Discretization and grid generation. At this phase the wing is divided into N spanwise elements as shown by Fig. 12.3 (the panel side edge is assumed to be parallel to the x axis). For this example the span is divided equally into N = 8 panels, and the spanwise counter j will have values between l—*N. Also, geometrical information such as the panel area Sr normal vector ny and the coordinates of the collocation points (xh yit z,) are calculated at this phase. For example, if the panel is approximated by a flat plate then the normal ny is a function of the local angle a) as defined in Fig. 11.3 or Fig. 11.17:

By = (sin ary, cos ay) (12.6)

Influence coefficients. In order to fulfill the boundary conditions, Eq. (12.2) is specified at each of the collocation points. The velocity induced by the horseshoe vortex element no. 1 at collocation point no. 1 (hence the index 1,1) can be computed by using the HSHOE routine developed before:

(u, v, w)n = HSHOE (xu y,, zu xA 1> Уаі> ZAU Xgi, Уві, ZB1, xci> Уси Zci, xDi, урі, zDi, Г = 1.0)

Note that Г = 1 is used to evaluate the influence coefficient due to a unit-strength vortex. Similarly, the velocity induced by the second vortex at the first collocation point will be

(U, V, w)12 = HSHOE (xi, Ух, Zu XA2, УA2> ZA2, XB2, yB2> ZB2,

XC2> Ус2> ZC2> XD2> УD2> ZD2, Г = 1.0)

The no normal flow across the wing boundary condition, at this point, can be rewritten for the first collocation point as [(и, v, Н’)„Г1 + (и, v, Н’)12Г2 + (u, v, иОхзГз + ■ ■ • + (и, v, w)1NrN

+ (tto, Ко, Woo)] • Пх = 0

and the strengths of the vortices Гу are not known at this phase.

Establishing the same procedure for each of the collocation points results

in the discretized form of the boundary condition:

ЯцГ! + dl2^2 "b а1зГз + • • |
• + aiN rN = —Qoo • n, |

а2іГі + а22Гг + Я23Г3 + • ■ |
■ + я2ЛіГлі = —Qoo • n2 |

Я31Г1 + П32Г2 + аззГз + ■ • |
■ + ПзлгГд, = —Qoo • n3 |

аЛцГі + aN2^2 + аЛ/зГ3 + • • |
• + aNNTN — Qoo • |

where the influence coefficients are defined as

a, j = (u, v, w)ij • n, (12.7)

The normal velocity components of the free stream flow Q„ • n, are known and are moved to the right-hand side of the equation:

RHS, = -(l/„, V., W„) • n, (12.8)

This is a set of N linear algebraic equations with N unknown Г, that can be solved by standard matrix solution techniques.

As an example, for the case of a planar wing with constant angle of attack a this results in the following set of equations:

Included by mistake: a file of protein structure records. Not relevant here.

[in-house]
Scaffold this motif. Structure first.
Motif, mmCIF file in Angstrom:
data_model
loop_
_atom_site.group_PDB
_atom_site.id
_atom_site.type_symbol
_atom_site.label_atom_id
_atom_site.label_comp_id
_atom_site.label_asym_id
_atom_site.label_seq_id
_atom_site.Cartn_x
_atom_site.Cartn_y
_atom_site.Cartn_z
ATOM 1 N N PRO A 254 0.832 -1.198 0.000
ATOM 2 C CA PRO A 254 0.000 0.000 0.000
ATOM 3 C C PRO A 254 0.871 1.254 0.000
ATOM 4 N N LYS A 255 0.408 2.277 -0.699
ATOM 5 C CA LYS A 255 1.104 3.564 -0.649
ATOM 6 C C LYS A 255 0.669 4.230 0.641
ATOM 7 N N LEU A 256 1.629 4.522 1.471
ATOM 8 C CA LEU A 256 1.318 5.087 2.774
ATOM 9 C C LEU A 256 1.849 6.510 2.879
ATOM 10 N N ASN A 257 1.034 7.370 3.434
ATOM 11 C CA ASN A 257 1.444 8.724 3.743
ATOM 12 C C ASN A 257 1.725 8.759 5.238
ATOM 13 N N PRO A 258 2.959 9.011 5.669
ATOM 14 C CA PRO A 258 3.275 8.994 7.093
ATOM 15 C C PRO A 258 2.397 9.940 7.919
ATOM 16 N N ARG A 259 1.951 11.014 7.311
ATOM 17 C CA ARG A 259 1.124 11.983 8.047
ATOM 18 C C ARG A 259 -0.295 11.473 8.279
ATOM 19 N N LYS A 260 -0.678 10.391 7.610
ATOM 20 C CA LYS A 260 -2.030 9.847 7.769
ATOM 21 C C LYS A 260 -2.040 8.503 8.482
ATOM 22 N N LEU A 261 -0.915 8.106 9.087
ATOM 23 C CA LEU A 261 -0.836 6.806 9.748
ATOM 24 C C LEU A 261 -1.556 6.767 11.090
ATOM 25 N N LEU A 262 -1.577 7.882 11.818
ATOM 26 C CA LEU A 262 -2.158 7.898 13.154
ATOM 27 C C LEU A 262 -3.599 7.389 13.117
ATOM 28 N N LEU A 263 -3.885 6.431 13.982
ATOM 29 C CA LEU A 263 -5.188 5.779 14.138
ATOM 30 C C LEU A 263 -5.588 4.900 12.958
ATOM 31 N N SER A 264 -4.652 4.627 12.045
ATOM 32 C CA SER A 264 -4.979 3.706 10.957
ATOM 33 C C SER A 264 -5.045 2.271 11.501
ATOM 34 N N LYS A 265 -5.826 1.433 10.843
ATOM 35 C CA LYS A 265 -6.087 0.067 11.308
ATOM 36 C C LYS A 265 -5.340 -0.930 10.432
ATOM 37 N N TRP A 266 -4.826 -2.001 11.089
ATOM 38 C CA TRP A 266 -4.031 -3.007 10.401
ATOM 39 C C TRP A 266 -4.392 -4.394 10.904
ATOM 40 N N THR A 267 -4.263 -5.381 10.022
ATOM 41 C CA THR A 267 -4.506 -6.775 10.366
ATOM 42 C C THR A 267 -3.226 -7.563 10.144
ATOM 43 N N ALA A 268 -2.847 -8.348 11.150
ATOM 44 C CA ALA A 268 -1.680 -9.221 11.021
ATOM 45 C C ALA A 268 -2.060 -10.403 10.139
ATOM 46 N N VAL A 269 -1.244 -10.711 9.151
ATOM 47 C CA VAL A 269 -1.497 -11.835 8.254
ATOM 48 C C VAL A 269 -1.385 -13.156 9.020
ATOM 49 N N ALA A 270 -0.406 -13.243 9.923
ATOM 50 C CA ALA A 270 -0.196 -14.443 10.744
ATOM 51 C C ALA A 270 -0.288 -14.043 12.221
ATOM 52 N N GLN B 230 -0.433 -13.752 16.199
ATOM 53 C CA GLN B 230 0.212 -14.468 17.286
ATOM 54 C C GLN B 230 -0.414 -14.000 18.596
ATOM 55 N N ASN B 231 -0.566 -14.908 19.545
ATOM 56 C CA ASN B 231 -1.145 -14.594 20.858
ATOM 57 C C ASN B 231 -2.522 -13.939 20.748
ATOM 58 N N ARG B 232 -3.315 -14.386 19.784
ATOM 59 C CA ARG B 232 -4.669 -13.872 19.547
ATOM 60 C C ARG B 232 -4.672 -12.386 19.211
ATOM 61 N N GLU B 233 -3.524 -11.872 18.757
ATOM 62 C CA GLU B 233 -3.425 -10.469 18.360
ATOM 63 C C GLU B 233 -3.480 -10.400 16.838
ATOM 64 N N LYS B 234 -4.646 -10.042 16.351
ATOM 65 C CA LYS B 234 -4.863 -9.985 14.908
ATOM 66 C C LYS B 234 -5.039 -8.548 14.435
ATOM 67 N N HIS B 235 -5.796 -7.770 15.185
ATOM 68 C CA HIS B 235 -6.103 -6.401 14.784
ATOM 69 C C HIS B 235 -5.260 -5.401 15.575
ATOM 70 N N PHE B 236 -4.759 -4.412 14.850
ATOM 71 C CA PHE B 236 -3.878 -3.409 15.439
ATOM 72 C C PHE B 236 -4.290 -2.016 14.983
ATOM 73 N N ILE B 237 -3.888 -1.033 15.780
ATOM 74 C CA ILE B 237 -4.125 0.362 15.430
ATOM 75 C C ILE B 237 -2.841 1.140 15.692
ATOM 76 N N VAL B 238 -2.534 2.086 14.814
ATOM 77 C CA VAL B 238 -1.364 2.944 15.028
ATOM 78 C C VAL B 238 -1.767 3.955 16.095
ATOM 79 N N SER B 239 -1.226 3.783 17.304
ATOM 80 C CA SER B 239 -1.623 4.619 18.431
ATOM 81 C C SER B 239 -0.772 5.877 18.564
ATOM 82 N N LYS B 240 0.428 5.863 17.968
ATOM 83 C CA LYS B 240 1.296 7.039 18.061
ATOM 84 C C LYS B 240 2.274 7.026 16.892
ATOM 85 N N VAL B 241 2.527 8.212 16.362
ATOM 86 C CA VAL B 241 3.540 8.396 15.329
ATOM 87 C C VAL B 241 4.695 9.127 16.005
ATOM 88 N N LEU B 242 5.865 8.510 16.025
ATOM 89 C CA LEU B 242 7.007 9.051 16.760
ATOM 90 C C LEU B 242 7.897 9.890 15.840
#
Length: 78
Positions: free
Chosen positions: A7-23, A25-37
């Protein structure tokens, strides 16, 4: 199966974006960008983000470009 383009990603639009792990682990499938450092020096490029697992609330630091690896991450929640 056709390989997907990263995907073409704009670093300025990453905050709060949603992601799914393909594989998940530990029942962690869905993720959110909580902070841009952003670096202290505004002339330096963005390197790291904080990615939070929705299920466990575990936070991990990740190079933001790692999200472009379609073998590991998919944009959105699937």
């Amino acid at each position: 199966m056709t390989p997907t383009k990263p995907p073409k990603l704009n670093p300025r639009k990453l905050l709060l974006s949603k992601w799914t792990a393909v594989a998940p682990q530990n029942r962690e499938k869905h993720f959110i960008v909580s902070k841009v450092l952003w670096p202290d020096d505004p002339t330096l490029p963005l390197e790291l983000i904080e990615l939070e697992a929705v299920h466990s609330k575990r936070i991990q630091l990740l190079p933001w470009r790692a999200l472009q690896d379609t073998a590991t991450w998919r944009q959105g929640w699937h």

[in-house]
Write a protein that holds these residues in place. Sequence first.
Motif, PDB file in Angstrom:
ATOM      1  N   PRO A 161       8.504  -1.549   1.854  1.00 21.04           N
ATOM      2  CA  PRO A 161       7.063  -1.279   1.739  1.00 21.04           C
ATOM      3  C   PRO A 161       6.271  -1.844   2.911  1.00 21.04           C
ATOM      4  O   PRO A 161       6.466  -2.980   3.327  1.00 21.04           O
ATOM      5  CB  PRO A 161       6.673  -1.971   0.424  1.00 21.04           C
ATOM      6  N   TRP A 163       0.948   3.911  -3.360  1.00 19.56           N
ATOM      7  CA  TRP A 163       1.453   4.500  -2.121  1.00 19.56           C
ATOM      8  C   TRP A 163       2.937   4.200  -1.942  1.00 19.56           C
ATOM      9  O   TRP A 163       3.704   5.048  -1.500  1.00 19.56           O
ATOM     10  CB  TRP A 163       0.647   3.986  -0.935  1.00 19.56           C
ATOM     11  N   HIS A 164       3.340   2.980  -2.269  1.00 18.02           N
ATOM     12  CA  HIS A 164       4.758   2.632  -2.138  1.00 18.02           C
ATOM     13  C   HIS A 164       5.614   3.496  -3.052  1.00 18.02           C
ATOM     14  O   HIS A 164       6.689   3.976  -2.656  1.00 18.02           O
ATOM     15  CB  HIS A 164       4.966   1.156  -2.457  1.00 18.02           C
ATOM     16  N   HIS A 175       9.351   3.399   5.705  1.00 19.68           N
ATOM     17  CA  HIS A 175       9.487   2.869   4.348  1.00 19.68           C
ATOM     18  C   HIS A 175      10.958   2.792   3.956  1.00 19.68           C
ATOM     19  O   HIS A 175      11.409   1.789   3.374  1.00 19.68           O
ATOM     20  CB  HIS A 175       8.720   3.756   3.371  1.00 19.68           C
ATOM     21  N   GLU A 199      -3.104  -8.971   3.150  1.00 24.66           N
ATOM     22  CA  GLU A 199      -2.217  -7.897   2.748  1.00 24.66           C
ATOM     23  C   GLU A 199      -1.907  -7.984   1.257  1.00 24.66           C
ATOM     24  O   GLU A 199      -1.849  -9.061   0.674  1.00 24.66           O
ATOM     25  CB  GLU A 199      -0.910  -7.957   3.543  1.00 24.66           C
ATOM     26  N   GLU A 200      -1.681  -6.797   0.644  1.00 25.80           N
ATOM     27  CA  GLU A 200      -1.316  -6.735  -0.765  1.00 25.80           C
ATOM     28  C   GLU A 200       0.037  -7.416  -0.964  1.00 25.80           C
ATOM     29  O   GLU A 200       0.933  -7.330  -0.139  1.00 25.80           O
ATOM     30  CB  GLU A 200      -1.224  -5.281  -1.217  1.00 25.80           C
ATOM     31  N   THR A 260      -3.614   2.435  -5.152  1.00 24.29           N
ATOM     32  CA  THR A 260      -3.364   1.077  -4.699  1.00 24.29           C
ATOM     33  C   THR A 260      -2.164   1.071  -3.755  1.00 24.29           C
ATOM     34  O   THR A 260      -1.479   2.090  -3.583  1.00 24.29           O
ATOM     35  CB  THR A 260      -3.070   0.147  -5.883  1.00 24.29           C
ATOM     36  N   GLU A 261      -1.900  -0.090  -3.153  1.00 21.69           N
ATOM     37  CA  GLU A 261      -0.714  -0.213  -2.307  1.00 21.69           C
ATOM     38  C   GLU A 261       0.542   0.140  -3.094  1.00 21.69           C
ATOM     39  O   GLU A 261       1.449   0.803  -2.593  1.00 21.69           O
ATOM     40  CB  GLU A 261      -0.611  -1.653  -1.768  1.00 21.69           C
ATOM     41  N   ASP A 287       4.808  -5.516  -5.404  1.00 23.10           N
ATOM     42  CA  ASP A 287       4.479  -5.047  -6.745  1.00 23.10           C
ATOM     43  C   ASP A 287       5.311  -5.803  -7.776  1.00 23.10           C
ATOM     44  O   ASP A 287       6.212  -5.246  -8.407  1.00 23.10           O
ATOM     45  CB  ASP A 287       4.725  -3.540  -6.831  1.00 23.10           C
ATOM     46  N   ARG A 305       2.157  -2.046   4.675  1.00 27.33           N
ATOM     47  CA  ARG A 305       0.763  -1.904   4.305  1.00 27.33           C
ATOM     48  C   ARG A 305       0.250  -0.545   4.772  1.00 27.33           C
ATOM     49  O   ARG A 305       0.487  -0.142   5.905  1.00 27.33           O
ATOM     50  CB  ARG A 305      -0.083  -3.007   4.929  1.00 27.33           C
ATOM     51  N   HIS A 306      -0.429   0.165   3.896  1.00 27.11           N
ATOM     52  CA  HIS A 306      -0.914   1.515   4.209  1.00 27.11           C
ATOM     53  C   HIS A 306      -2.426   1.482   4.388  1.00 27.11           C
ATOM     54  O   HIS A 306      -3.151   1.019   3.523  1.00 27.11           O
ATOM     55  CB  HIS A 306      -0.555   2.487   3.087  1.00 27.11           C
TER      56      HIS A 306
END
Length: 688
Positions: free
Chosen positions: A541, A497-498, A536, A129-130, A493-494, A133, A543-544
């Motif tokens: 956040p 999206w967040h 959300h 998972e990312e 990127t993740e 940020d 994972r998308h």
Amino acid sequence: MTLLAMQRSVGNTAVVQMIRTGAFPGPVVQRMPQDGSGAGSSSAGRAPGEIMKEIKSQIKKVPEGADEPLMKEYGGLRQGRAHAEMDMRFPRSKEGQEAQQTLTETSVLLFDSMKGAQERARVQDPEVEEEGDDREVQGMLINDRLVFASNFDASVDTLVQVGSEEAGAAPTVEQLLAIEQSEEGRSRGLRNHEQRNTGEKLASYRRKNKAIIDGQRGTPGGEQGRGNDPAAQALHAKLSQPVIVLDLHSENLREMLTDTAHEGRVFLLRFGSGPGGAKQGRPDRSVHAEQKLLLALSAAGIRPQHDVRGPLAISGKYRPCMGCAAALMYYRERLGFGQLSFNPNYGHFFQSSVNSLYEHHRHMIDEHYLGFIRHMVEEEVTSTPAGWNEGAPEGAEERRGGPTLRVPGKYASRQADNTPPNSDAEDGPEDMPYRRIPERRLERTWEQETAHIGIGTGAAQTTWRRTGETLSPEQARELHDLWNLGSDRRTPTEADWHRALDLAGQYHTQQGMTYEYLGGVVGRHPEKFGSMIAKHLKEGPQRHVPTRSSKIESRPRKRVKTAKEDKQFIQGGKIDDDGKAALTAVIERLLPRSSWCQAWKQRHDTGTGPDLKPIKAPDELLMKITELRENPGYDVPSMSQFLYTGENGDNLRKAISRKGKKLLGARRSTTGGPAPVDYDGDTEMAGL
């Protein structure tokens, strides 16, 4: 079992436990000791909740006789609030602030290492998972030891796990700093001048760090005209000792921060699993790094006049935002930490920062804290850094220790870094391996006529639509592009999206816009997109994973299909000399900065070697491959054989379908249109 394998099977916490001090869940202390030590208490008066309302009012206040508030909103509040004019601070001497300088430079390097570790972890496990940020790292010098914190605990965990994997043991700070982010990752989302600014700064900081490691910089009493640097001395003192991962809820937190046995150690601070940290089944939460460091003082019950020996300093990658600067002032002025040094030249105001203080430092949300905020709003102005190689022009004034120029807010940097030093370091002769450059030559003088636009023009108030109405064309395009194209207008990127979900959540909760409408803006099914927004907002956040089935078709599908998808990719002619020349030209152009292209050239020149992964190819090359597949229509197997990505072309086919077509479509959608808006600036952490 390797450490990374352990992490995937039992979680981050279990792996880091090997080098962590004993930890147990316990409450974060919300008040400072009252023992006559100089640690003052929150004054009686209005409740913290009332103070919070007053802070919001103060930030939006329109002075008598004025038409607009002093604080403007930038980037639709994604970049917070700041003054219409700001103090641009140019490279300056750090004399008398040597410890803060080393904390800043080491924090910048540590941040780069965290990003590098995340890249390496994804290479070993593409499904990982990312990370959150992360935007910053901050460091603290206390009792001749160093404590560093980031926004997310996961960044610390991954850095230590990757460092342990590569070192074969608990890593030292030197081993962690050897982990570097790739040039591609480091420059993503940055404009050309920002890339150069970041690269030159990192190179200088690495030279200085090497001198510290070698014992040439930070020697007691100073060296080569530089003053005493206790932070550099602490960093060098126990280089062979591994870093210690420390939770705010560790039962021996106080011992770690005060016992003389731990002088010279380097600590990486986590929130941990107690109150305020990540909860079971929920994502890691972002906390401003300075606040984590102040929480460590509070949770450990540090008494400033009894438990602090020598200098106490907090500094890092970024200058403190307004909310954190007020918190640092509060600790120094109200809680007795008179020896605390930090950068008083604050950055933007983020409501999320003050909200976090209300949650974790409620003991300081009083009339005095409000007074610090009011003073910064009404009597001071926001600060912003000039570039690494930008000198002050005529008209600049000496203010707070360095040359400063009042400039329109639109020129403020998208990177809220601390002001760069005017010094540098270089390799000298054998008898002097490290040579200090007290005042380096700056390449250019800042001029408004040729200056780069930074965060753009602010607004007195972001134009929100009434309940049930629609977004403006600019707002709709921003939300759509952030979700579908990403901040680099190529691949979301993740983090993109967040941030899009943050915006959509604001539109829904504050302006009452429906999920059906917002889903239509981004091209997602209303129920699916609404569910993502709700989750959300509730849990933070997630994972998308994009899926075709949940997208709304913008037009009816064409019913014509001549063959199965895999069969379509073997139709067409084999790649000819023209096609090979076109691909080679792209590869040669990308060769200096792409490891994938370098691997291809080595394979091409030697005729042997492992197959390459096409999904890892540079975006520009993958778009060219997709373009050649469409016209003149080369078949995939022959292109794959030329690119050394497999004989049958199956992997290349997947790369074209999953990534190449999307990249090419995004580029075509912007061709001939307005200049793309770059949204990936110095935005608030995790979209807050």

In practice it is recommended to automate the computation of the atj coefficients by two “DO loops”. The first will scan the collocation points and the inner loop will scan the vortex elements for each collocation point:

DO 1 i = 1, N collocation point loop RHS, = – Q, n,

DO 1 j = 1, N vortex element loop

(u, v, w)jj — HSHOE (x,-, y,*, Zjt Xajj УAj> %Aj> Хщу ущ*

zBj> XCj> Уср ZCj> XDp У Dp zDj> Г = 1-0) ait = (и, v, w)tj • n, by = (m, v, w)*j • n,

1 END

Here by is the normal component of the wake-induced downwash that will be used for the induced drag computations and (ы, v, w)fj is given by Eq.

(12.5) .

Establish RHS vector. The right-hand side vector, Eq. (12.8), is actually the normal component of the free stream, which can be computed within the outer “DO loop” of the influence coefficient computations (as shown above). However, if an upgrade of the code is planned to include unsteady effects or the simulation of normal “transpiration” flows, then it is recommended to do this calculation separately.

Solve linear set of equations. The solution of the above-described problem can be obtained by standard matrix methods. Furthermore, since the influence of such an element on itself is the largest, the matrix will have a dominant diagonal, and the solution is stable.

Secondary computations: pressures, loads, velocities, etc. The solution of the above set of equations results in the vector (Г,, Г2,. . . , Г*,). The lift of each bound vortex segment is obtained by using the Kutta-Joukowski theorem:

A L, = pQoSj Ay,

where A)>j is the panel bound vortex projection normal to the free stream. The induced drag computation is somewhat more complex. The total aerodynamic loads are the sum of the contributions of the individual panels. Following the lifting-line results of Eq. (8.20a)

AD, = -pwindTj Ay j

where the induced downwash windj at each collocation point j is computed by summing up the velocity induced by all the trailing vortex segments (see Fig.

12.5)

. This can be done during the phase of the influence coefficient computations or even later, by using the HSHOE routine with the influence of the bound vortex segment turned off. This procedure can be summarized by

the following matrix formulation where all the btj and the Г, are known:

The induced drag can also be calculated by using Eq. (8.146) in the Trefftz plane, which is selected to be far behind the trailing edge and normal to the free stream. Since the wake is force free, the trailing vortex lines will be normal to this plane and their induced velocity can be calculated by using the two-dimensional formula (e. g. Eqs. (3.81) and (3.82)). Consequently, the wake-induced downwash at each of the trailing vortex lines is:

1 у xi~ x‘

Wmd’ Ілйії-г. У + ІХі-х,)2

where Nw is the number of trailing vortex lines and the influence of a vortex line on itself is set to zero. Once the induced downwash at each of the vortex lines is obtained, the induced drag is evaluated by applying Eq. (8.146):

D = ~t [ T(y)wdy = riwindj Ayj (12.10a)

If wake rollup routines are used it is recommended to calculate first the wing circulation with the rolled up wake and for this induced velocity and drag calculation to use the spacing Ayt of the vortex lines, as released at the trailing edge. (This is the simplest approximation for a force-free wake since many wake rollup routines may not converge to this condition.) Also, note that Eq. (12.10a) is similar to Eq. (12.10) but it has a coefficient of which is a result of the first being evaluated at the Trefftz plane (where the trailing vortices seem to be two-dimensional), whereas Eq. (12.10) is evaluated at the spanwise bound-vortex line (and there the trailing vortices are observed to be semi-infinite).

This first simple example presented a numerical solution for the lifting line model, and inclusion of wing sweep and dihedral effects can be done as a homework assignment. Some of the limitations with regard to the wake model and the trailing-edge conditions will be studied in the vortex-ring model that will be presented next. Also, the method presented here does not take advantage of the wing symmetry in order to reduce computational effort. This important modification is discussed in the following section.